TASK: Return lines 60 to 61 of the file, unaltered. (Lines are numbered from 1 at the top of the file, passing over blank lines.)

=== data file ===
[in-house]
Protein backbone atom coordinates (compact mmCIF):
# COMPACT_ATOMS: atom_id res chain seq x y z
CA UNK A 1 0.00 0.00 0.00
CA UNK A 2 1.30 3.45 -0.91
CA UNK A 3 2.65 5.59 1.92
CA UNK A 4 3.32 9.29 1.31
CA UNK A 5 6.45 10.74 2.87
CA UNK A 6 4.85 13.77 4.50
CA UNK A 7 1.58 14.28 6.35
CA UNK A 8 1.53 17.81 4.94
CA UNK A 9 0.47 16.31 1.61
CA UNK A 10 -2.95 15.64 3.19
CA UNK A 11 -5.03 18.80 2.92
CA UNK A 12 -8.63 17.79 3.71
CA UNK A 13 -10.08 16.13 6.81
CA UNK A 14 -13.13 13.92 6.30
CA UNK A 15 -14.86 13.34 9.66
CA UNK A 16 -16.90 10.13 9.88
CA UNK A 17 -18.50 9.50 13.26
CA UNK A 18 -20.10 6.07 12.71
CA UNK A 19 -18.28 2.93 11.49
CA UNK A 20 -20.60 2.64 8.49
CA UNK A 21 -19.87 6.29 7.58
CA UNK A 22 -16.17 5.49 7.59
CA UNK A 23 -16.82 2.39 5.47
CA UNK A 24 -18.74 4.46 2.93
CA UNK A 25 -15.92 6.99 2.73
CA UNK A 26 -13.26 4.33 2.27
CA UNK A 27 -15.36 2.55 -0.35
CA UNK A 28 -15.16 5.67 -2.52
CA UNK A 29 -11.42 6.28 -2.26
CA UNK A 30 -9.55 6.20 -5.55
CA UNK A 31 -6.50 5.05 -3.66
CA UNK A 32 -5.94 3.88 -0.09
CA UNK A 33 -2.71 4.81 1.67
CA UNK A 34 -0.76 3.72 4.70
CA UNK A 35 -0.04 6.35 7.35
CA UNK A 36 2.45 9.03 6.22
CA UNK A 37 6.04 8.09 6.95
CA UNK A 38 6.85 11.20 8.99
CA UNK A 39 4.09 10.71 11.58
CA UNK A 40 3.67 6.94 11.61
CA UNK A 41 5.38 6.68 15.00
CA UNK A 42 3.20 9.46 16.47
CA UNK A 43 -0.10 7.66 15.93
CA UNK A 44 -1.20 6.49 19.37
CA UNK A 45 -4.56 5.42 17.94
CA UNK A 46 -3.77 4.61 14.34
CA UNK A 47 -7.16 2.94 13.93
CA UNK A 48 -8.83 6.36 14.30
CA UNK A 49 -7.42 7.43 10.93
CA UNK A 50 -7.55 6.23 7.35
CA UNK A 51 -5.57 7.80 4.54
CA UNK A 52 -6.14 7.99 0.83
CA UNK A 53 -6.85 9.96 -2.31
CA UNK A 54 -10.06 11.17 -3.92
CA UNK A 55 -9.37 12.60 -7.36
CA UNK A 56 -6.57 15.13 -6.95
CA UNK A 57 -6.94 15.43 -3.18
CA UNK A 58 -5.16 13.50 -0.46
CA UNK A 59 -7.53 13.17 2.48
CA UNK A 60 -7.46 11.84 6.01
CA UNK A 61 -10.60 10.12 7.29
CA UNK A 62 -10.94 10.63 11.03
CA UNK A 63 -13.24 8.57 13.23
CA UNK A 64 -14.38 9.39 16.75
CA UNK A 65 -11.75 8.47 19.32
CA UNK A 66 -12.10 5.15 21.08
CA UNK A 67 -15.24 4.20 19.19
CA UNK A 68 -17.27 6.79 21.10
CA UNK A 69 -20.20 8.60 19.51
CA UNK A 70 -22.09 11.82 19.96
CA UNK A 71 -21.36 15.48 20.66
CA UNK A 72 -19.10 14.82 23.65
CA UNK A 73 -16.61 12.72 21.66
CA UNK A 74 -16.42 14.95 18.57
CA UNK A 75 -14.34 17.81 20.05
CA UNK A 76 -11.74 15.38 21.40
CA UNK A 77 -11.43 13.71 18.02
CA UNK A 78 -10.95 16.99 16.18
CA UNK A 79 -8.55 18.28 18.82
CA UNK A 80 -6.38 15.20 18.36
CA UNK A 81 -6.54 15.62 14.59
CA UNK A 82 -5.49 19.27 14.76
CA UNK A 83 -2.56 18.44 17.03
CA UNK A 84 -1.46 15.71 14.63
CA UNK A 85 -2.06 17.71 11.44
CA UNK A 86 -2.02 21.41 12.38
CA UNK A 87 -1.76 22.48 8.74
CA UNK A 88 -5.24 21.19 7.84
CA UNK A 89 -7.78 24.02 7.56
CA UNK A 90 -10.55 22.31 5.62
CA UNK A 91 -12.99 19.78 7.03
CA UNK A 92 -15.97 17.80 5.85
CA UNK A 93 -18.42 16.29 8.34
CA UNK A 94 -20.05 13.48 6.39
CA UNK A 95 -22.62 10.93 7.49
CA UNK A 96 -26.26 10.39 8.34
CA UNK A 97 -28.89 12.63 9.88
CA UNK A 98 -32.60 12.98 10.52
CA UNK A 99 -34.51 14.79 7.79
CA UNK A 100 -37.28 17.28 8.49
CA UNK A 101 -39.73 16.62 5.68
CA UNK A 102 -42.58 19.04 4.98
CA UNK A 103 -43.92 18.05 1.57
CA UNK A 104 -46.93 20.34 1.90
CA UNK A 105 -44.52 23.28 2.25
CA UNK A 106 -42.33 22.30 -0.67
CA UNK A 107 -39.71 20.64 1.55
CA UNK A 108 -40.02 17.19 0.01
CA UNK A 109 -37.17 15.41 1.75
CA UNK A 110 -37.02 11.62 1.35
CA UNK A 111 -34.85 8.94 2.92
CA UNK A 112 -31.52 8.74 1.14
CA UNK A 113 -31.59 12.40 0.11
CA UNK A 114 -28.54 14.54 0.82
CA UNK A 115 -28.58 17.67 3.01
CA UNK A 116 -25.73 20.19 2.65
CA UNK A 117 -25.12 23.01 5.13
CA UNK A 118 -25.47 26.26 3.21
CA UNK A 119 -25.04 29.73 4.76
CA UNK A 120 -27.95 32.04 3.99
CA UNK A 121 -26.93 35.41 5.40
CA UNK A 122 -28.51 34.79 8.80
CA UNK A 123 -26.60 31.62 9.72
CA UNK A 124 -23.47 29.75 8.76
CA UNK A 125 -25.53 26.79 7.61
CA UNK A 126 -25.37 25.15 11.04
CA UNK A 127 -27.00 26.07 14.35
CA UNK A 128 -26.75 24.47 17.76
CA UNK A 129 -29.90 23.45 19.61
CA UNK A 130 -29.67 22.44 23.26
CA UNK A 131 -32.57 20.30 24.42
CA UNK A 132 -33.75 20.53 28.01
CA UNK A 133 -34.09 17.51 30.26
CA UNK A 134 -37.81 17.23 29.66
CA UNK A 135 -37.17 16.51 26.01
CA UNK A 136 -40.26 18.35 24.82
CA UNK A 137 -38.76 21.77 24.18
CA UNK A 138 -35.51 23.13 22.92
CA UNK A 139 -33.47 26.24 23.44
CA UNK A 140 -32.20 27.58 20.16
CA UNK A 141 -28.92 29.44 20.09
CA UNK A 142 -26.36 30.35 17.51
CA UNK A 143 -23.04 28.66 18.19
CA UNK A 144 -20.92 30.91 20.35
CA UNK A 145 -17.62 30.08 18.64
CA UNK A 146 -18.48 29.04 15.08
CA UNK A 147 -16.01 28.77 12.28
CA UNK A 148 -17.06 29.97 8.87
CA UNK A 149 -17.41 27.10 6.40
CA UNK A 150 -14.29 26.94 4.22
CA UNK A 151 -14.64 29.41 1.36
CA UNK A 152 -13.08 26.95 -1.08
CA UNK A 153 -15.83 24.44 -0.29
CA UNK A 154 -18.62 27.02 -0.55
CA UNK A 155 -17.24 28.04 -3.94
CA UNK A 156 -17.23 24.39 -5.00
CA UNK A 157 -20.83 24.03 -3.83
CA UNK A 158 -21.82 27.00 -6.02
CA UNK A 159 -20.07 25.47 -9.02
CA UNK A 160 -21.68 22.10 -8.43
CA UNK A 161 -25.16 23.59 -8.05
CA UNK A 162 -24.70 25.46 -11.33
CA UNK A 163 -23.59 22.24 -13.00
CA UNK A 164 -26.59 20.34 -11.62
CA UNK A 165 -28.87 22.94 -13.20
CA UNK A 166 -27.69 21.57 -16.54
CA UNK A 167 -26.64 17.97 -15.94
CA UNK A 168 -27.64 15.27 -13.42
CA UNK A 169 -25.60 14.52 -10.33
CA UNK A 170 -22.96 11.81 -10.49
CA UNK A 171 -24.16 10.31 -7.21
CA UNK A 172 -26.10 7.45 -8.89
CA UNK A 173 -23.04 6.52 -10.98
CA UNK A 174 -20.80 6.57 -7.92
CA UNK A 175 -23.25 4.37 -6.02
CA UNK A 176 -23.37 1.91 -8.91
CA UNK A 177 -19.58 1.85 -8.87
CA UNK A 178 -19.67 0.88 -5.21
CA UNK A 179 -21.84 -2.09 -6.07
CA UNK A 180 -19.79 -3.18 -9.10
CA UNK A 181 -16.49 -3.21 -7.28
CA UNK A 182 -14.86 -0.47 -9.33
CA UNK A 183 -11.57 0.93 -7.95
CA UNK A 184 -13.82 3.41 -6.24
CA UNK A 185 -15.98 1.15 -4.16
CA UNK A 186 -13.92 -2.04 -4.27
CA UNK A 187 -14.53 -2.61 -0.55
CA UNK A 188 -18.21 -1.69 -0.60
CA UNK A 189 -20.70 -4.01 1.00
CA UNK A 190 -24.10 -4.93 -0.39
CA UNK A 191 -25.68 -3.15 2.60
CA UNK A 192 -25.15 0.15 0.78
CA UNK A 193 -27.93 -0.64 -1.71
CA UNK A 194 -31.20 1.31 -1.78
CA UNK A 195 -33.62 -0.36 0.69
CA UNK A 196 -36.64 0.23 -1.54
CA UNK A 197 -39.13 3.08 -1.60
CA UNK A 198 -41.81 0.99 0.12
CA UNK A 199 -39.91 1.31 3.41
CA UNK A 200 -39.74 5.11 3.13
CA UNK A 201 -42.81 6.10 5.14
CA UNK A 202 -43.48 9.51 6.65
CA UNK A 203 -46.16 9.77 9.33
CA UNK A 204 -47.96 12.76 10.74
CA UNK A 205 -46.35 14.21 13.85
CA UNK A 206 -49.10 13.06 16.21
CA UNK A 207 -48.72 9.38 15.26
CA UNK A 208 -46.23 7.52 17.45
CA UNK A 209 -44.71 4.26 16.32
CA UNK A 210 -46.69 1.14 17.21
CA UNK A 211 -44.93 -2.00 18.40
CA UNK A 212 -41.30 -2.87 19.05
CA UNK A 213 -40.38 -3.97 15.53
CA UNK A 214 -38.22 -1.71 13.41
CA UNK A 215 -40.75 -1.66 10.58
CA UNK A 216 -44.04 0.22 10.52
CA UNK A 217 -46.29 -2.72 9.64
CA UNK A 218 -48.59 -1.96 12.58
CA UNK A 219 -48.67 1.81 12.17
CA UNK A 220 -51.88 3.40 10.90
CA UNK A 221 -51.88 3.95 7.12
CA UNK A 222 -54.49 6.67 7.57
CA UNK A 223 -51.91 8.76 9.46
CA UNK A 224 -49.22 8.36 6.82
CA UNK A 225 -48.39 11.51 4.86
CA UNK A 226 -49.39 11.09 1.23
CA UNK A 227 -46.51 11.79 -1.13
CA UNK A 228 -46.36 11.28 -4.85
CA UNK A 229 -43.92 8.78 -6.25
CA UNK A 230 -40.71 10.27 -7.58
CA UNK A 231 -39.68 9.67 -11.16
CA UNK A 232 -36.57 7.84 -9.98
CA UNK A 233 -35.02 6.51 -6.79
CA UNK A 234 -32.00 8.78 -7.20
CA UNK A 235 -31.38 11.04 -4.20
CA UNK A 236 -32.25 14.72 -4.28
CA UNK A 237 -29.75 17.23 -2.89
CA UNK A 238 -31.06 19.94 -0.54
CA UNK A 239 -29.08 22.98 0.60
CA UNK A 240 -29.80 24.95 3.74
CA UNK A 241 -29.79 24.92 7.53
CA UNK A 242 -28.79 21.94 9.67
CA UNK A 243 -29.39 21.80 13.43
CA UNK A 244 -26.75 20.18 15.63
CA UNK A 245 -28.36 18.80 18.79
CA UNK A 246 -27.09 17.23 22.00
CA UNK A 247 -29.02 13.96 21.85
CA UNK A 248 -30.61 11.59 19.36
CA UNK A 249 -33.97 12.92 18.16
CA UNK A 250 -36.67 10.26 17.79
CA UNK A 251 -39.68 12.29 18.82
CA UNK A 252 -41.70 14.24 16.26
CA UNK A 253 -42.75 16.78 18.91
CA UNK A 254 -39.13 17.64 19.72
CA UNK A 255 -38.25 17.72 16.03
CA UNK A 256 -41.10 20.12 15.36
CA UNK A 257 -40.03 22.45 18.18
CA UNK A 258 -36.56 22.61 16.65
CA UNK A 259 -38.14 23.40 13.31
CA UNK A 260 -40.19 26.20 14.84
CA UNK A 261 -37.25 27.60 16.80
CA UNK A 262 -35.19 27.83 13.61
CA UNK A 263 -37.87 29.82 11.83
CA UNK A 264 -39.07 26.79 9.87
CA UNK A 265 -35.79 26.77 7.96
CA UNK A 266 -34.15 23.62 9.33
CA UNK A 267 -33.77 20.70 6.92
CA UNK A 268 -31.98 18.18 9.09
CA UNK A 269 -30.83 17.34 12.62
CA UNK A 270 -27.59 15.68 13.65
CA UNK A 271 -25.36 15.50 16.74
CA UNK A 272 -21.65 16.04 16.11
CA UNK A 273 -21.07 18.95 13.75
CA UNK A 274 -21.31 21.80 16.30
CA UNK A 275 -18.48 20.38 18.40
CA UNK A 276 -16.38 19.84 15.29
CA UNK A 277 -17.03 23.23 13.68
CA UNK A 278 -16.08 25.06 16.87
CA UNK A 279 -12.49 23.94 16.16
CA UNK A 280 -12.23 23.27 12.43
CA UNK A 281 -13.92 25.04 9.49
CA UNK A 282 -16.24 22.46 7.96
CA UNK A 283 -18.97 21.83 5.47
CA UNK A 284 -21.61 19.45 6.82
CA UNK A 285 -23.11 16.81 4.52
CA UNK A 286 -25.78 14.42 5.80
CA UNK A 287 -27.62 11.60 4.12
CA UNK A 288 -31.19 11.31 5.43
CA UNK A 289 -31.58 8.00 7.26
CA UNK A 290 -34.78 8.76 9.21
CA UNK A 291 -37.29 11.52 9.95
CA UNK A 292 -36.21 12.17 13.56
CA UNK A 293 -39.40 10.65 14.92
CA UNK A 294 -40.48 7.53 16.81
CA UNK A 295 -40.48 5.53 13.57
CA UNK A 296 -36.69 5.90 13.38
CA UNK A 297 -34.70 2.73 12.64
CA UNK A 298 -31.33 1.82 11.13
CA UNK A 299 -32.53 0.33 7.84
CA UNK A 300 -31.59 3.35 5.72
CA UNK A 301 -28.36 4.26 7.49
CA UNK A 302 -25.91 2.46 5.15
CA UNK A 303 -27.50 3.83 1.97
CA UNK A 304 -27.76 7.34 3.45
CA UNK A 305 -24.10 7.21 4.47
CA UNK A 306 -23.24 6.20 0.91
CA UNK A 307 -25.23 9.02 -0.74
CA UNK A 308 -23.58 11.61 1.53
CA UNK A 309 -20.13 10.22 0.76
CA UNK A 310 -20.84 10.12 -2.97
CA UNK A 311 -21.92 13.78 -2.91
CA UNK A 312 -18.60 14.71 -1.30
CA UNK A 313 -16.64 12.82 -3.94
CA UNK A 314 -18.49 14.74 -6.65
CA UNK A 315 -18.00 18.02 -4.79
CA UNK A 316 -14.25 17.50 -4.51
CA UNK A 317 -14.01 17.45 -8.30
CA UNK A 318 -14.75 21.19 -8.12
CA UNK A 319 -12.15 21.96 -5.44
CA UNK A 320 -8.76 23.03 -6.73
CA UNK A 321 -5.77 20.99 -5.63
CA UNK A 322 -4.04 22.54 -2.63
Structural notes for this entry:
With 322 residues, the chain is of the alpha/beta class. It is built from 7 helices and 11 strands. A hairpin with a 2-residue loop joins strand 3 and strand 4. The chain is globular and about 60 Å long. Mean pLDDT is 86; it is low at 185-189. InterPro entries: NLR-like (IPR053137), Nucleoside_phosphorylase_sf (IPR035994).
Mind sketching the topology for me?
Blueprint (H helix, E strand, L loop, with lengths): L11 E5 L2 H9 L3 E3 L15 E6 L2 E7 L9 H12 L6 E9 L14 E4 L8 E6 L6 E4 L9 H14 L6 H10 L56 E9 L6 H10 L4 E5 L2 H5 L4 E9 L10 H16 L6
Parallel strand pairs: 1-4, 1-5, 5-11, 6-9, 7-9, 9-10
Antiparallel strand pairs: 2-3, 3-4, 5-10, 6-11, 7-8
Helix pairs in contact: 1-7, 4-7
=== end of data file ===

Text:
CA UNK A 57 -6.94 15.43 -3.18
CA UNK A 58 -5.16 13.50 -0.46